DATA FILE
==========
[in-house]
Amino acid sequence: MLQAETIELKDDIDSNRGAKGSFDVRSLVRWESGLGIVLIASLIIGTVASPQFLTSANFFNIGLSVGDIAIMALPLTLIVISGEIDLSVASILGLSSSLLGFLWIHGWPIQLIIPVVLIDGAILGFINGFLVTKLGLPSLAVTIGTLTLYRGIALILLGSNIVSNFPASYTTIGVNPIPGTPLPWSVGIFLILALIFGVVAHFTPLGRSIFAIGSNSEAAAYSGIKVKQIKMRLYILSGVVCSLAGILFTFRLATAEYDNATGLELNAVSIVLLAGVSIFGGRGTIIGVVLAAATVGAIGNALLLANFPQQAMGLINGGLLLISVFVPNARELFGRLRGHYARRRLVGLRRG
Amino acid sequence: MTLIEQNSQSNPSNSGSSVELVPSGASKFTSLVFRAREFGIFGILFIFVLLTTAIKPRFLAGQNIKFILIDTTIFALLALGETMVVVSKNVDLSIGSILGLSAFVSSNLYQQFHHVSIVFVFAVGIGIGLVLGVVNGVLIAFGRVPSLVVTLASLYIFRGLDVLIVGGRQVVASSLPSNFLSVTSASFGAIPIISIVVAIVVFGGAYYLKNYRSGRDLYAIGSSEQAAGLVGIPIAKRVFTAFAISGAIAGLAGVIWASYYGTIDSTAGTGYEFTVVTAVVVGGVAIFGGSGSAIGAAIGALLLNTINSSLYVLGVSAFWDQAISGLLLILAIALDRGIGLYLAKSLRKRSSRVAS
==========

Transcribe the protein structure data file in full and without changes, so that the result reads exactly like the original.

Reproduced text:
[in-house]
Amino acid sequence: MLQAETIELKDDIDSNRGAKGSFDVRSLVRWESGLGIVLIASLIIGTVASPQFLTSANFFNIGLSVGDIAIMALPLTLIVISGEIDLSVASILGLSSSLLGFLWIHGWPIQLIIPVVLIDGAILGFINGFLVTKLGLPSLAVTIGTLTLYRGIALILLGSNIVSNFPASYTTIGVNPIPGTPLPWSVGIFLILALIFGVVAHFTPLGRSIFAIGSNSEAAAYSGIKVKQIKMRLYILSGVVCSLAGILFTFRLATAEYDNATGLELNAVSIVLLAGVSIFGGRGTIIGVVLAAATVGAIGNALLLANFPQQAMGLINGGLLLISVFVPNARELFGRLRGHYARRRLVGLRRG
Amino acid sequence: MTLIEQNSQSNPSNSGSSVELVPSGASKFTSLVFRAREFGIFGILFIFVLLTTAIKPRFLAGQNIKFILIDTTIFALLALGETMVVVSKNVDLSIGSILGLSAFVSSNLYQQFHHVSIVFVFAVGIGIGLVLGVVNGVLIAFGRVPSLVVTLASLYIFRGLDVLIVGGRQVVASSLPSNFLSVTSASFGAIPIISIVVAIVVFGGAYYLKNYRSGRDLYAIGSSEQAAGLVGIPIAKRVFTAFAISGAIAGLAGVIWASYYGTIDSTAGTGYEFTVVTAVVVGGVAIFGGSGSAIGAAIGALLLNTINSSLYVLGVSAFWDQAISGLLLILAIALDRGIGLYLAKSLRKRSSRVAS